Centurion Mignon du Preez steers Proteas to huge Women’s T20 World Cup win

Centurion Mignon du Preez steers Proteas to huge Women’s T20 World Cup win
South Africa’s Proteas celebrate after beating England by six wickets in their first match in the Women’s T20 World Cup in Perth, Australia on Sunday. (Photo: Twitter / @kappie777)

South Africa made an impressive start to their T20 Women’s World Cup campaign on Sunday with veteran Mignon du Preez seeing the team over the line against England.

Mignon du Preez, playing in her 100th T20 international for South Africa, showed nerves of steel to lead the Proteas women’s team to a famous six-wicket victory over fellow title favourites England in Perth on Sunday. 

When Du Preez came to the crease, the Proteas needed 34 off 23 balls to win. Du Preez’s experience of being the first women’s cricketer to reach the milestone of 100 T20 caps for South Africa was evident as she steered the team home with 18 unbeaten runs from 11 balls.

“Growing up, I always wanted to represent my country and to reach the milestone (100 appearances) at the World Cup is pretty special. It really is a dream come true,” commented Du Preez before the game which took place at the iconic WACA stadium.

The batter came into the match having amassed 1,666 T20 career runs, including seven 50s and a strike rate in excess of 100 and showed why she is a veteran of six T20 World Cups as the Proteas kicked off their campaign in the best possible way.

The win was South Africa’s first over England at a major International Cricket Council (ICC) event.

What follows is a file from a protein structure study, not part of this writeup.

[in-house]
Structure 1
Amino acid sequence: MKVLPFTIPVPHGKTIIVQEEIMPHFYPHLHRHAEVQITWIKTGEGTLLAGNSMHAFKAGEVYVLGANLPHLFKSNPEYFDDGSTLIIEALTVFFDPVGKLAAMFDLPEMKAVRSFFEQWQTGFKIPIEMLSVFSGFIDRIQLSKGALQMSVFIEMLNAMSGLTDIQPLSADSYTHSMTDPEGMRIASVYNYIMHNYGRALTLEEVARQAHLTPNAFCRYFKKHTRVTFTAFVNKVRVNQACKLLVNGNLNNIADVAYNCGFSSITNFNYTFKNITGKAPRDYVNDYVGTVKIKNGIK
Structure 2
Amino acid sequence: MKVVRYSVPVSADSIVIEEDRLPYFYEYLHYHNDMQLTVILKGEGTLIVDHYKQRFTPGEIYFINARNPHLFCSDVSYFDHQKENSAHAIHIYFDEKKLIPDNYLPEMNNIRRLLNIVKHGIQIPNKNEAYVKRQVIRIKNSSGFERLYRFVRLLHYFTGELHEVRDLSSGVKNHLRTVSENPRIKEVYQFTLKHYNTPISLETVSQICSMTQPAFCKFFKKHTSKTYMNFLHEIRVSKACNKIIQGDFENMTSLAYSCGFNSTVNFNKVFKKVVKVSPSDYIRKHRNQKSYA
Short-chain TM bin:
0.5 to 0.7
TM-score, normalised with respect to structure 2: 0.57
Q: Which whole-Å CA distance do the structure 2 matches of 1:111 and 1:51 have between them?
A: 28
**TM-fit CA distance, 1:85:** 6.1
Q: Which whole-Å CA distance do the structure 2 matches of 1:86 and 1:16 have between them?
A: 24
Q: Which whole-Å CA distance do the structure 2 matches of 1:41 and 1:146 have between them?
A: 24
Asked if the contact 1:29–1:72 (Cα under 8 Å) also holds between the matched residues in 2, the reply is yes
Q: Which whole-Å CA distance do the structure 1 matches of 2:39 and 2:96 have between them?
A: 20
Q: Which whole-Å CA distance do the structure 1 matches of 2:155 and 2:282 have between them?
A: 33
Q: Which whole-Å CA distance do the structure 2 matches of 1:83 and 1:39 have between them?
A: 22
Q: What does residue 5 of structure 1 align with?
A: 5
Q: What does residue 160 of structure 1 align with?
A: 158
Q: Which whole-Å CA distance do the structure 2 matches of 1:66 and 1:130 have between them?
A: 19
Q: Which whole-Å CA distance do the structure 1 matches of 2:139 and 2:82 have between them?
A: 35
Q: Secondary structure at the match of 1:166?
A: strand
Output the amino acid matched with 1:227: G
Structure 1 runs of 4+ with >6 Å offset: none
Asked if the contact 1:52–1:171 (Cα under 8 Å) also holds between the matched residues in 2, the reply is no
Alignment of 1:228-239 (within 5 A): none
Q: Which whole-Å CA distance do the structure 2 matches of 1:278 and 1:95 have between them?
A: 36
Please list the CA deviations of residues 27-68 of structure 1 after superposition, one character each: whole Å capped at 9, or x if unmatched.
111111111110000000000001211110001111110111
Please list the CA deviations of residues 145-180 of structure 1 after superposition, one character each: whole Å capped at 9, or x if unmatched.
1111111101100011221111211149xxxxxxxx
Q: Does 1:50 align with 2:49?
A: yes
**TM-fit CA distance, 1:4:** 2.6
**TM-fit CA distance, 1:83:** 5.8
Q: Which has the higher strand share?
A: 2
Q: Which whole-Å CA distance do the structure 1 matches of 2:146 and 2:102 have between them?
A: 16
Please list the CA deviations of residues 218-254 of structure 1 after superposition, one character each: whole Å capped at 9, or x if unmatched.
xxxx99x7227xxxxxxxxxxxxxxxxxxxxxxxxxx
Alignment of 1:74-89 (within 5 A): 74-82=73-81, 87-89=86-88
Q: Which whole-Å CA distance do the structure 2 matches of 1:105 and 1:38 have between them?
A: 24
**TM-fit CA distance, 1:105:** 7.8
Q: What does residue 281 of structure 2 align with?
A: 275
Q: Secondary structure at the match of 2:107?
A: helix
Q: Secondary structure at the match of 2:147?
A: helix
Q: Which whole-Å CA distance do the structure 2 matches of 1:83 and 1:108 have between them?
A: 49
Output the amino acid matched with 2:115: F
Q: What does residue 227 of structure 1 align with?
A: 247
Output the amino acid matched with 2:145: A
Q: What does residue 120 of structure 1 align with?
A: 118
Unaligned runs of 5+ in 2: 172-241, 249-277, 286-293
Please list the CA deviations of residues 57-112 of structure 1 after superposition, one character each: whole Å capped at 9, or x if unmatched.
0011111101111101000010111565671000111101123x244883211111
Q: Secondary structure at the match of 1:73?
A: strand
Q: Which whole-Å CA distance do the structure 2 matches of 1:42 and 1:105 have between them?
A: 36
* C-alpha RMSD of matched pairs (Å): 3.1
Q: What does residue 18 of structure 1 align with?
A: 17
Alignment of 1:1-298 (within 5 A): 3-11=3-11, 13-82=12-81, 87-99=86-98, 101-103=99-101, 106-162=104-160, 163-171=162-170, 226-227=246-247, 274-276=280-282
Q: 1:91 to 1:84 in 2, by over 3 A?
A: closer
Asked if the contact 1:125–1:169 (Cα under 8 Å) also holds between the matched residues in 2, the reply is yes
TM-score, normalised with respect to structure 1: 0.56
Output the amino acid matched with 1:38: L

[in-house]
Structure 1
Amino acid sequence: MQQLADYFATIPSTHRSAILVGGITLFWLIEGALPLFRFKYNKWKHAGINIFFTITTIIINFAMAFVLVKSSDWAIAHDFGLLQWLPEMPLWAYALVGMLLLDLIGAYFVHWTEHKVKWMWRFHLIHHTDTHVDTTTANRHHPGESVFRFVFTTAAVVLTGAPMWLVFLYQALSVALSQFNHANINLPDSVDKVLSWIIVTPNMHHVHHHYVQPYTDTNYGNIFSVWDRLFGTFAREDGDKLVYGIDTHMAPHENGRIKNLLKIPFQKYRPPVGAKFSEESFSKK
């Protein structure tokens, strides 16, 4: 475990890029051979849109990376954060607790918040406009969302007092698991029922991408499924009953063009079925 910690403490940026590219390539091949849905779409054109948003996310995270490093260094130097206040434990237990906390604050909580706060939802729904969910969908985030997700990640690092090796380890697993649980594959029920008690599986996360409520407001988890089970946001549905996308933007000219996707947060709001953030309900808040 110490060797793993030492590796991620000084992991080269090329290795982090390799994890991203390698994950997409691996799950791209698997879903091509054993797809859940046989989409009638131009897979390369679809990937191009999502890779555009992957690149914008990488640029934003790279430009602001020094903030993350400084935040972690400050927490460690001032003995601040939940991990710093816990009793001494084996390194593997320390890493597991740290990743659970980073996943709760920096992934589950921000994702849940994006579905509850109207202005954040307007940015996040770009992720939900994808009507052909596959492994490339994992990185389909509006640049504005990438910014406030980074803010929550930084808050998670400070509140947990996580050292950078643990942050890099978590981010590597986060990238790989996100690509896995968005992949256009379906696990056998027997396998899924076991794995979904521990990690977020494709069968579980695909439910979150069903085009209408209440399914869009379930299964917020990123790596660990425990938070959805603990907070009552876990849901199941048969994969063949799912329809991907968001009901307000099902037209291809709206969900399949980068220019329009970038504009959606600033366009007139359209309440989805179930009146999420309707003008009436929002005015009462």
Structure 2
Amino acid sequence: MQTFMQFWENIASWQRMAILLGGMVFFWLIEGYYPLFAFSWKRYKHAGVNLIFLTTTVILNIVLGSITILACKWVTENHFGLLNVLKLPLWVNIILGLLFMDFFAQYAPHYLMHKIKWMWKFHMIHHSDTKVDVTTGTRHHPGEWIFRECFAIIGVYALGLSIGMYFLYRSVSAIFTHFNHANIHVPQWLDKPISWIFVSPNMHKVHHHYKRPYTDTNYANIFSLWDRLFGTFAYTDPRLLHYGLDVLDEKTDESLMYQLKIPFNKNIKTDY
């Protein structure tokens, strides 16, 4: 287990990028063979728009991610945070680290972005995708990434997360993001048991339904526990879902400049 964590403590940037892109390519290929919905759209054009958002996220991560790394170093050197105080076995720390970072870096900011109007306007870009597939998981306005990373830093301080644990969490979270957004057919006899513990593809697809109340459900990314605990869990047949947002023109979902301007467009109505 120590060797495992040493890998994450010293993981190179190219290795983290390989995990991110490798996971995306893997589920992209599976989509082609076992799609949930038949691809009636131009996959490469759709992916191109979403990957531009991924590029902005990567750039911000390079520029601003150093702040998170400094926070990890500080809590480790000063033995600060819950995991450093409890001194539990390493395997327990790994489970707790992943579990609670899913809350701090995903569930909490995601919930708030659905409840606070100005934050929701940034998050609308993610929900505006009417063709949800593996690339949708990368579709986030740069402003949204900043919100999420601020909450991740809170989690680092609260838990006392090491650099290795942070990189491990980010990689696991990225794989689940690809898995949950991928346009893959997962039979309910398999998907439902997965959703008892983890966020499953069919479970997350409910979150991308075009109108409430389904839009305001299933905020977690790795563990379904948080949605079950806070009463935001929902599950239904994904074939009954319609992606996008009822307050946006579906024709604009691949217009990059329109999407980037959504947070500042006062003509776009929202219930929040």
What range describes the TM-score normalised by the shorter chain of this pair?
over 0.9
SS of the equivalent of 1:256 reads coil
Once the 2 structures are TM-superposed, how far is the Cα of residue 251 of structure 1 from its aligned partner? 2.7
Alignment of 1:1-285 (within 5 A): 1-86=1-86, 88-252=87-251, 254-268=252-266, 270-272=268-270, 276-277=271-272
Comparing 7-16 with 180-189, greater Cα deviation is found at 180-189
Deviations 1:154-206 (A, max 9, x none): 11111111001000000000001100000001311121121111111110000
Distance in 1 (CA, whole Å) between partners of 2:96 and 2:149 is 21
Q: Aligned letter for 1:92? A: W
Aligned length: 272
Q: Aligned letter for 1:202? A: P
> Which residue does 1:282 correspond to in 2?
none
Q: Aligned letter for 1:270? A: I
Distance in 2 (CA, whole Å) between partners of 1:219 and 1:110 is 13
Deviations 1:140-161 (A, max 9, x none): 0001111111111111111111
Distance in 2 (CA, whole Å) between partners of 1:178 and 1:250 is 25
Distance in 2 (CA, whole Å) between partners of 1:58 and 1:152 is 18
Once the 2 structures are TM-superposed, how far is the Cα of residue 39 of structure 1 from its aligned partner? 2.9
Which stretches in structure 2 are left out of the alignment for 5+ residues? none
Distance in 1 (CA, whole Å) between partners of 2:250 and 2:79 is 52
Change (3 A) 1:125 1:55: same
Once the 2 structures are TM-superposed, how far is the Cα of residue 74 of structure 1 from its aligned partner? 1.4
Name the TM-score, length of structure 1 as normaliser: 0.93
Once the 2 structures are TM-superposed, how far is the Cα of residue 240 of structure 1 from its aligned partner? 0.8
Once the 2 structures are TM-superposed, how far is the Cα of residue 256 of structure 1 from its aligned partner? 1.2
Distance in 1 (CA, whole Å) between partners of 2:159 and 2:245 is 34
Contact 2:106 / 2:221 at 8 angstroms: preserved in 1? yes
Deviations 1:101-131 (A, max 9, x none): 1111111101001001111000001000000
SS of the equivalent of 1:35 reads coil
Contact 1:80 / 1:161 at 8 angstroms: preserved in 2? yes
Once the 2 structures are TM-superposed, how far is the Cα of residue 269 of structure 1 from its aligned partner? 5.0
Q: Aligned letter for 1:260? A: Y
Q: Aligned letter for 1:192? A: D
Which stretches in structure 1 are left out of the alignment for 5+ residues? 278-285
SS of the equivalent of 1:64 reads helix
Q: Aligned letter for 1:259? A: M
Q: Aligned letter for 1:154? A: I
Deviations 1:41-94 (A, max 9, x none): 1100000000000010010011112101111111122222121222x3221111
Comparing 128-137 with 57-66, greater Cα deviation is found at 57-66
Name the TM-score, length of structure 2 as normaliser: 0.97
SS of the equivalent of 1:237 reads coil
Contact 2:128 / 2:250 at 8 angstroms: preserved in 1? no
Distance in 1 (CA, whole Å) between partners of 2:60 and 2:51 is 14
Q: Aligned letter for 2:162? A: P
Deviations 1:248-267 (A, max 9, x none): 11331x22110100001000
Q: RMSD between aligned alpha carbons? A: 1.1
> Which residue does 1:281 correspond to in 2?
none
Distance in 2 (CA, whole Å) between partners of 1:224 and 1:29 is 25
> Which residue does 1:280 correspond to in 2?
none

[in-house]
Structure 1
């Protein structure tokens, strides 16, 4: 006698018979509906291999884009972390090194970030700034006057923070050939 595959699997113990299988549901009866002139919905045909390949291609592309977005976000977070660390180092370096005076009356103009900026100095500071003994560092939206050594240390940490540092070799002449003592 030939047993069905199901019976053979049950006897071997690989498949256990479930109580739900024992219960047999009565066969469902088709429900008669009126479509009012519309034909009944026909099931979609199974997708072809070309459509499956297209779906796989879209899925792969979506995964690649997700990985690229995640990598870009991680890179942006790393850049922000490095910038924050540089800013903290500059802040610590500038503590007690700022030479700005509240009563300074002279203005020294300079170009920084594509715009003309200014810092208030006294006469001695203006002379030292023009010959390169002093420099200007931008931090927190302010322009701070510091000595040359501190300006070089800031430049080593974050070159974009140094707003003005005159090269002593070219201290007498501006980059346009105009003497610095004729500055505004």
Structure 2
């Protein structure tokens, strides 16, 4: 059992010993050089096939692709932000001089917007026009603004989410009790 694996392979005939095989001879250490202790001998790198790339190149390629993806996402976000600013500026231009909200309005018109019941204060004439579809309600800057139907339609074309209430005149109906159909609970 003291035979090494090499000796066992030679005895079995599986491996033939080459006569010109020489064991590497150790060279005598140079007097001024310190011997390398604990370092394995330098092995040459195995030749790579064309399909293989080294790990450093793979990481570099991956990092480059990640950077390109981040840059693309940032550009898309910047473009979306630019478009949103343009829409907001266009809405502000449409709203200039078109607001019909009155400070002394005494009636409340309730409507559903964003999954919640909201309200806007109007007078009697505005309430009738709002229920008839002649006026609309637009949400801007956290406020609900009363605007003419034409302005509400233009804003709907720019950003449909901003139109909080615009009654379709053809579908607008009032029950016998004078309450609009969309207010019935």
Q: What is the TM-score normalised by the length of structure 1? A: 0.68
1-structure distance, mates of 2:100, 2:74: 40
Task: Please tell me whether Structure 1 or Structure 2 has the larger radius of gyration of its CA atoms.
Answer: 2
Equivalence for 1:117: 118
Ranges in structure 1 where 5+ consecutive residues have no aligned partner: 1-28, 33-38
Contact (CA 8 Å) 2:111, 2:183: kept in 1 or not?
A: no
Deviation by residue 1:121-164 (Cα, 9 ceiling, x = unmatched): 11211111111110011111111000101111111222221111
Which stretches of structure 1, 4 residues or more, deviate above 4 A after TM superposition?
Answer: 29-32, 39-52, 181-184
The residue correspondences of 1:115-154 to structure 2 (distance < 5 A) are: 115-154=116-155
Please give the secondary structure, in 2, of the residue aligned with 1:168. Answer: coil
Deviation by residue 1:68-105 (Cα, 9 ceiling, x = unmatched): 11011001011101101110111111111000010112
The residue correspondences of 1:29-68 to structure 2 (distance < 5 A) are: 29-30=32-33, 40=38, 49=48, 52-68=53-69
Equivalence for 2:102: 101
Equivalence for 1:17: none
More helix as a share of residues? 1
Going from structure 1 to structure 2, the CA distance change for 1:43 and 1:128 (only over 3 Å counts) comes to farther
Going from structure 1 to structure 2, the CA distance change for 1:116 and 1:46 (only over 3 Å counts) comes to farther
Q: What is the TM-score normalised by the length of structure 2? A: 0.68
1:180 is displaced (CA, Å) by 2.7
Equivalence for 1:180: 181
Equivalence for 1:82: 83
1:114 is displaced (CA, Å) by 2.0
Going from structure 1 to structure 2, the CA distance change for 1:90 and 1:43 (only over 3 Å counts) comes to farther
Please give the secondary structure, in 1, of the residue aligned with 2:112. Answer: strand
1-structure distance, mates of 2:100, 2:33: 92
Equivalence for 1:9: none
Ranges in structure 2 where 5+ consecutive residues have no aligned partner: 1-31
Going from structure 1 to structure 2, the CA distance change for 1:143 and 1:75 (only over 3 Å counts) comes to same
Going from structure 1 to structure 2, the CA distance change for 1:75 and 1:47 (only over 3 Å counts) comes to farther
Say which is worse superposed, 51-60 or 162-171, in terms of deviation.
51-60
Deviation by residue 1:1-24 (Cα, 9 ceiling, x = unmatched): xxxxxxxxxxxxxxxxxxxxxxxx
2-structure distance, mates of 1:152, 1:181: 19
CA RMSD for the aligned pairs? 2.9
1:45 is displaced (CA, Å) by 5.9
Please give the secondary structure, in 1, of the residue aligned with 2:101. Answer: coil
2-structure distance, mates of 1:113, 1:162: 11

The Proteas had won the toss, with their captain Dane van Niekerk electing to bowl first.

Quicks Marizanne Kapp and Ayabonga Khaka led the way up front with a wicket apiece, removing openers Amy Jones and Danielle Wyatt in the process and restricting the English to 31 for two in the powerplay.

Van Niekerk joined the party when she dismissed England’s captain Heather Knight. The skipper was sent packing courtesy of a brilliant running catch from Shabnim Ismail.

The pair then combined again to remove Fran Wilson, before Khaka came back into the attack to finish off what she had started. She ended the game with figures of three for 25, including the scalp of top scorer on the day, Natalie Sciver (50). 

The bowling and fielding masterclass from the Proteas left England with a total of 123 for eight in their allotted 20 overs.

South Africa’s run chase started shakily when pacer Anya Shrubsole sent the experienced Lizelle Lee packing in the third over.

That brought Kapp to the crease. She, with Van Niekerk, steadied the ship for the Proteas. The pair put on an 84-run partnership before Sarah Glenn snared a crucial wicket for her team by taking a return catch off her own bowling to dismiss Kapp for 38. 

The remnants of that partnership were destroyed completely four balls later when South Africa’s captain was out four runs shy of a well-deserved half-century.

With that, the Proteas had two new batters in the middle – Chloe Tryon and the calm Du Preez, who didn’t flinch as the match reached the wire.

England did their best to put them under pressure, recording crucial dot balls that sent the required run rate sky-high in the final overs. Tryon raced to 11 runs off 11 balls, but was dismissed two balls after smacking a six.

The Proteas were left needing nine runs in the final over for victory. And who better to be in the driving seat than the dynamic Du Preez.

After a couple of singles to start off the over, South Africa’s centurion slogged a slower ball for six. One run needed for victory. 

Du Preez finished it off in style, pulling one for four runs and giving her team a crucial victory in group B. 

“This is a special day for our cricket,” commented Proteas captain Van Niekerk, who was named Player of the Match for her contribution with bat and ball. “Mignon is one of the most respected women’s cricketers in South Africa.”

Their next outing is against group outsiders Thailand on Friday. They finish the group stage with matches against the West Indies and Pakistan. DM/MS


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